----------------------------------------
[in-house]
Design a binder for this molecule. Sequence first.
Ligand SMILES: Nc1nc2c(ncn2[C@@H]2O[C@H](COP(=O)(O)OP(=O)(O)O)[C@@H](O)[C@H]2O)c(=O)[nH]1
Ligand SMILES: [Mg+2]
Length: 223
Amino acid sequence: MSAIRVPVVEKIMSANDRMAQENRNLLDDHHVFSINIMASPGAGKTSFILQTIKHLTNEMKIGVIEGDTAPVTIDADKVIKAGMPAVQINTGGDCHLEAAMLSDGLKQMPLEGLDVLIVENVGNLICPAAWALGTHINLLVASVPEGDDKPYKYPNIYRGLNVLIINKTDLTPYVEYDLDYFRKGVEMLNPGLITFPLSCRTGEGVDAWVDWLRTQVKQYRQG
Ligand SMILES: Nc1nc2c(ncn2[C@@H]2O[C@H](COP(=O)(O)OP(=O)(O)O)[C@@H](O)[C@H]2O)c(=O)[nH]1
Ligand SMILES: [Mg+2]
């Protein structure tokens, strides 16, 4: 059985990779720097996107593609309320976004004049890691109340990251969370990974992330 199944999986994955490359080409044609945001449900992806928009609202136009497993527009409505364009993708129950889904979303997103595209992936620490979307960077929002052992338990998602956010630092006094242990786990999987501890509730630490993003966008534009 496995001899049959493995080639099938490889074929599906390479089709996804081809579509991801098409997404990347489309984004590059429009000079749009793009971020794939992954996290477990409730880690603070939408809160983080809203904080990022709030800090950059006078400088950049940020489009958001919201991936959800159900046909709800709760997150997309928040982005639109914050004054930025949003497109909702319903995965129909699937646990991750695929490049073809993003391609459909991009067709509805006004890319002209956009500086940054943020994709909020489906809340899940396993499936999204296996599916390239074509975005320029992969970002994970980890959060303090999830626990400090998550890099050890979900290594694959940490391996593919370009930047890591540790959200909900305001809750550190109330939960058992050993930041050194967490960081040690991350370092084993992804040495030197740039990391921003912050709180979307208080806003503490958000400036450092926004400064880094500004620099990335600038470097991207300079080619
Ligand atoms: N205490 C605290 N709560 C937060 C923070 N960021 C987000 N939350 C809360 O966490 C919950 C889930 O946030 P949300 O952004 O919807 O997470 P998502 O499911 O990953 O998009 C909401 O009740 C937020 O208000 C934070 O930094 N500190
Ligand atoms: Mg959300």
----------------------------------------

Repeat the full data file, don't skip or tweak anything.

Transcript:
[in-house]
Design a binder for this molecule. Sequence first.
Ligand SMILES: Nc1nc2c(ncn2[C@@H]2O[C@H](COP(=O)(O)OP(=O)(O)O)[C@@H](O)[C@H]2O)c(=O)[nH]1
Ligand SMILES: [Mg+2]
Length: 223
Amino acid sequence: MSAIRVPVVEKIMSANDRMAQENRNLLDDHHVFSINIMASPGAGKTSFILQTIKHLTNEMKIGVIEGDTAPVTIDADKVIKAGMPAVQINTGGDCHLEAAMLSDGLKQMPLEGLDVLIVENVGNLICPAAWALGTHINLLVASVPEGDDKPYKYPNIYRGLNVLIINKTDLTPYVEYDLDYFRKGVEMLNPGLITFPLSCRTGEGVDAWVDWLRTQVKQYRQG
Ligand SMILES: Nc1nc2c(ncn2[C@@H]2O[C@H](COP(=O)(O)OP(=O)(O)O)[C@@H](O)[C@H]2O)c(=O)[nH]1
Ligand SMILES: [Mg+2]
């Protein structure tokens, strides 16, 4: 059985990779720097996107593609309320976004004049890691109340990251969370990974992330 199944999986994955490359080409044609945001449900992806928009609202136009497993527009409505364009993708129950889904979303997103595209992936620490979307960077929002052992338990998602956010630092006094242990786990999987501890509730630490993003966008534009 496995001899049959493995080639099938490889074929599906390479089709996804081809579509991801098409997404990347489309984004590059429009000079749009793009971020794939992954996290477990409730880690603070939408809160983080809203904080990022709030800090950059006078400088950049940020489009958001919201991936959800159900046909709800709760997150997309928040982005639109914050004054930025949003497109909702319903995965129909699937646990991750695929490049073809993003391609459909991009067709509805006004890319002209956009500086940054943020994709909020489906809340899940396993499936999204296996599916390239074509975005320029992969970002994970980890959060303090999830626990400090998550890099050890979900290594694959940490391996593919370009930047890591540790959200909900305001809750550190109330939960058992050993930041050194967490960081040690991350370092084993992804040495030197740039990391921003912050709180979307208080806003503490958000400036450092926004400064880094500004620099990335600038470097991207300079080619
Ligand atoms: N205490 C605290 N709560 C937060 C923070 N960021 C987000 N939350 C809360 O966490 C919950 C889930 O946030 P949300 O952004 O919807 O997470 P998502 O499911 O990953 O998009 C909401 O009740 C937020 O208000 C934070 O930094 N500190
Ligand atoms: Mg959300």